DRACULA IS A PAIN IN THE NECK by Elizabeth Levy

DRACULA IS A PAIN IN THE NECK

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KIRKUS REVIEW

Another shiver-borrowing title like Levy's Frankenstein Moved in on the Fourth Floor (1979), this one spooks up a fairly slight story of mysterious moans and joke-butt miseries at summer camp--where Robert, the younger brother of the Frankenstein story, is teased for bringing along his Dracula doll and his baby pillow. Then the campers are disturbed at night by mysterious moans; food disappears from the kitchen; and the campers, mistaking the chicken-pox scars on Robert's neck for tooth marks, begin to suspect that he's actually a vampire. When Robert and brother Sam, who's at the same camp, sneak out at night to confront the real culprit, they are frightened by a figure in a cape. . . but they become heroes the next night when they and fellow-camper Jared capture the ""monsters,"" an overweight counselor and the camp cook. ""Dracula does not exist,"" confesses the counselor at a camp-fire assembly. ""Cookie and I have a confession to make. For the past several nights we have been pretending we were Dracula so we could take extra portions of food without anyone noticing. At first I thought it would be a harmless prank, but then I realized that poor Robert Bamford was getting all the blame."" Readers lured by the fun-scary title and cover are likely to be let down by the flat solution, if not by the perfunctory mystery--but tame as they are, all the non-serious shivers and Dracula puns will probably keep the pages turning.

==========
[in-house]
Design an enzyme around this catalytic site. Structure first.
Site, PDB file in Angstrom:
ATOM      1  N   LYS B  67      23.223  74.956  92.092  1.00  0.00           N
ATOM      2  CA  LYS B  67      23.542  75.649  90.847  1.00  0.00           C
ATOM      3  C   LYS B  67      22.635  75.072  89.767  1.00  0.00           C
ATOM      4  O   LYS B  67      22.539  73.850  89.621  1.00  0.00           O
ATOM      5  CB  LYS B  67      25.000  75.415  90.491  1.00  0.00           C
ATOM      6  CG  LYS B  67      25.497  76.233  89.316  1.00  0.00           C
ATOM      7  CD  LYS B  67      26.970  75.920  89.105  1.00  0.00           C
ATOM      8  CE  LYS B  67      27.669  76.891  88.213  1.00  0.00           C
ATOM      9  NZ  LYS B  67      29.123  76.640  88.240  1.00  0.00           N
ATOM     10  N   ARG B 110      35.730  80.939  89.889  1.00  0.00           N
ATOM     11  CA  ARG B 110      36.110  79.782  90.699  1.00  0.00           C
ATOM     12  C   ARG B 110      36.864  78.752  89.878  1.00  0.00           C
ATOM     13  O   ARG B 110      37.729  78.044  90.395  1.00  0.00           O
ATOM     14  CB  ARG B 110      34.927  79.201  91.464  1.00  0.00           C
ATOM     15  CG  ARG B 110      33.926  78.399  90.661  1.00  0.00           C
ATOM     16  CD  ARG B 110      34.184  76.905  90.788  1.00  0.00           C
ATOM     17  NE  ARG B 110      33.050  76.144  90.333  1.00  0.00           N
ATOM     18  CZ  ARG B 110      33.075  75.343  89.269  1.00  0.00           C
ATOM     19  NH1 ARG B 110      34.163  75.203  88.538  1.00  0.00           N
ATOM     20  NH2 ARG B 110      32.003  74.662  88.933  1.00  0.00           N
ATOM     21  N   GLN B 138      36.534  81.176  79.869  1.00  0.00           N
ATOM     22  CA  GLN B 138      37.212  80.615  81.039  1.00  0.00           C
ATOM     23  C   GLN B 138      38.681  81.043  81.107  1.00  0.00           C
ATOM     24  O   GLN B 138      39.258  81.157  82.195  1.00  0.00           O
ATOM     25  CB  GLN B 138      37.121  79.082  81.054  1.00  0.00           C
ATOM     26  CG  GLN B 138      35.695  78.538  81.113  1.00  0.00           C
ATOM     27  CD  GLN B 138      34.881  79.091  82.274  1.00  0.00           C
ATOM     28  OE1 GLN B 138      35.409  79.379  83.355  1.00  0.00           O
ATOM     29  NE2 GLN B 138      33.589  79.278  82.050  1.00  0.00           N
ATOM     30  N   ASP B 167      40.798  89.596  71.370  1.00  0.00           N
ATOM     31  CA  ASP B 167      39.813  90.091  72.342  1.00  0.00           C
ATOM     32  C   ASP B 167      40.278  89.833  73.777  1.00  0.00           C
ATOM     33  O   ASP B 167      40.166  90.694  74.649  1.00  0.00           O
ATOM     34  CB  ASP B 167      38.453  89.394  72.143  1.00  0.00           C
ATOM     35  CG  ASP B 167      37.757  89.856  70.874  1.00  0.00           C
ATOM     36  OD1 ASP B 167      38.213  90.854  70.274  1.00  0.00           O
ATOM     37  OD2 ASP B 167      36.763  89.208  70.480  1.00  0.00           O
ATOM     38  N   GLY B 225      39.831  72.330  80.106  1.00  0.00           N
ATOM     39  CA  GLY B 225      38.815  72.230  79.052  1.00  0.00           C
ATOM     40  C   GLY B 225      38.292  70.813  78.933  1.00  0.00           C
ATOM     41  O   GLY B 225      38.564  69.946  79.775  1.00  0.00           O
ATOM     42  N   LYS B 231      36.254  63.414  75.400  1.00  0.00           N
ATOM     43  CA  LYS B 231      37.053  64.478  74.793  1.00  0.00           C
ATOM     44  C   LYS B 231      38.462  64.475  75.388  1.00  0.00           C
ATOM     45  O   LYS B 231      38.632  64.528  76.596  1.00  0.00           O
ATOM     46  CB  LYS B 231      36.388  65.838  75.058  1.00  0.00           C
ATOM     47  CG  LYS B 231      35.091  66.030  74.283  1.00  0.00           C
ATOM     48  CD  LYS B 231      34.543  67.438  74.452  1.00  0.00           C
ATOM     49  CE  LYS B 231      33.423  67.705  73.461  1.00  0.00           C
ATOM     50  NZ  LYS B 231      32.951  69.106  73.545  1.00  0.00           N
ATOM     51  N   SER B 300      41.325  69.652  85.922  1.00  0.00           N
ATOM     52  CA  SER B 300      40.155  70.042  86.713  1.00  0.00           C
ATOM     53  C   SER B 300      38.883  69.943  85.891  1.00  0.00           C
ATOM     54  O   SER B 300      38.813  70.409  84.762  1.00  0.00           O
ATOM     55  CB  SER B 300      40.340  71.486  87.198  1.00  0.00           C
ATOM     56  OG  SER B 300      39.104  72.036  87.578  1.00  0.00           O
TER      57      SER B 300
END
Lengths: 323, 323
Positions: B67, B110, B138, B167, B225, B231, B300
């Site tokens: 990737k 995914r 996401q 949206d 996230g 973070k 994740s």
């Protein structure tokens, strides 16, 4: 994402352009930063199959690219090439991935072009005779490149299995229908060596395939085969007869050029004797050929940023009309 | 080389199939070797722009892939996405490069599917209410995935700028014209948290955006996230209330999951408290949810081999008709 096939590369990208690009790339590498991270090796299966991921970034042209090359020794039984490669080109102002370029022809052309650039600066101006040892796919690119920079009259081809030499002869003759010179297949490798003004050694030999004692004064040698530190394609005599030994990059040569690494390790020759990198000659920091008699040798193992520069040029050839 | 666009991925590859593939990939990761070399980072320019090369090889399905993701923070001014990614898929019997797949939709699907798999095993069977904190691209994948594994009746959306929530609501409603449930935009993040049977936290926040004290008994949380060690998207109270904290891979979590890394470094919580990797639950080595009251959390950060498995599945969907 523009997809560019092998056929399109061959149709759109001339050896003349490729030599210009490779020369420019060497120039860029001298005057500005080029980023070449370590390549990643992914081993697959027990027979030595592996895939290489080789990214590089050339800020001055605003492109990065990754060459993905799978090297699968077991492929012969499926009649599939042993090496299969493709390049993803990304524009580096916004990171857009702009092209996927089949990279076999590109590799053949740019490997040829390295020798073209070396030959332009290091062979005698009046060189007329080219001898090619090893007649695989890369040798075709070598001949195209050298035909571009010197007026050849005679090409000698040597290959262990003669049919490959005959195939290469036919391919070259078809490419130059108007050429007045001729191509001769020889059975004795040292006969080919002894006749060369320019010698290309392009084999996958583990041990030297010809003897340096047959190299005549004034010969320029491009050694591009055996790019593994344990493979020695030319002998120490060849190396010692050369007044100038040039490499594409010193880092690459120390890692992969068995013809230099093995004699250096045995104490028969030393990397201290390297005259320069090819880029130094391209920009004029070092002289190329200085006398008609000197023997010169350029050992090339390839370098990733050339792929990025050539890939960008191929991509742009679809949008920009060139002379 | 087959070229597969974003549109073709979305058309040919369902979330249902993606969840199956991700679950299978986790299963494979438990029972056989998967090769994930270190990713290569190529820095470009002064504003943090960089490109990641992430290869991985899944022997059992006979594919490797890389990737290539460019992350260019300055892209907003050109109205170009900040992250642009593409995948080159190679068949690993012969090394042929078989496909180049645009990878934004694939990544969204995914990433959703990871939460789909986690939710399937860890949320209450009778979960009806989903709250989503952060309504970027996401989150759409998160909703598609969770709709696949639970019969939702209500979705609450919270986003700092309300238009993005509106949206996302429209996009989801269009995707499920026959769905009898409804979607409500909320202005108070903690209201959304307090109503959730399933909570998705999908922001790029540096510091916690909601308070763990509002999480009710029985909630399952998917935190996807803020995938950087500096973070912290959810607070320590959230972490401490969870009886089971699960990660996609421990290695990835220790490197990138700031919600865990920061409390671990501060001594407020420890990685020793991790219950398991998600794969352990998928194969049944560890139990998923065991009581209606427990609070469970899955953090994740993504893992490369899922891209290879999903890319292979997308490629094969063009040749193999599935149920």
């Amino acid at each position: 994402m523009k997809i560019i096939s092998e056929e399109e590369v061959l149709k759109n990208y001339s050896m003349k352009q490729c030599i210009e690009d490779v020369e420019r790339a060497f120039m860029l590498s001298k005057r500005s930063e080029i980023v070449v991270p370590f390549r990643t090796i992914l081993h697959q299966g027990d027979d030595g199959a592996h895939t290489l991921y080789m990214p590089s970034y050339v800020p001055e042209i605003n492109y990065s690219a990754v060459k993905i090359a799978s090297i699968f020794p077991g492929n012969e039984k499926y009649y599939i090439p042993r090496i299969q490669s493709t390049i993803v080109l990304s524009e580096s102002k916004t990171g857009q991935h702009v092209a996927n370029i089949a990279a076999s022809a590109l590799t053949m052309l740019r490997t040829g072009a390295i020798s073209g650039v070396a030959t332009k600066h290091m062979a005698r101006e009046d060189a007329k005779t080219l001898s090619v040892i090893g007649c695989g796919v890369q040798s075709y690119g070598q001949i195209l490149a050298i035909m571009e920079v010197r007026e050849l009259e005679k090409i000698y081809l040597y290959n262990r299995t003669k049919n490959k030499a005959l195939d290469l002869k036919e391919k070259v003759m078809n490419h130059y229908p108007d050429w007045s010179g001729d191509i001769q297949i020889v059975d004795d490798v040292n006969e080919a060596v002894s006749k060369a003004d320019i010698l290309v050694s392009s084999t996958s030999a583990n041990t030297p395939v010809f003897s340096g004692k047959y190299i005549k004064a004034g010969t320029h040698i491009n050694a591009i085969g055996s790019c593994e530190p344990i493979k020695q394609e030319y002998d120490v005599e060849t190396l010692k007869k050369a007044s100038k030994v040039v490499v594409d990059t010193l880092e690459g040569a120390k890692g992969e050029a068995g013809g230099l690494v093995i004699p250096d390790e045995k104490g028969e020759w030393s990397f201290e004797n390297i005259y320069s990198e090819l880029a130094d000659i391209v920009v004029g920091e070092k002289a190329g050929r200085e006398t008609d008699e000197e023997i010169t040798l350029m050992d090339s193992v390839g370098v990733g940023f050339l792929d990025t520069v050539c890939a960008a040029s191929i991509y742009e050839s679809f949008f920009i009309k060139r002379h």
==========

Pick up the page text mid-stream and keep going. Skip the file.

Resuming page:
Pub Date: March 1st, 1983
Publisher: Harper & Row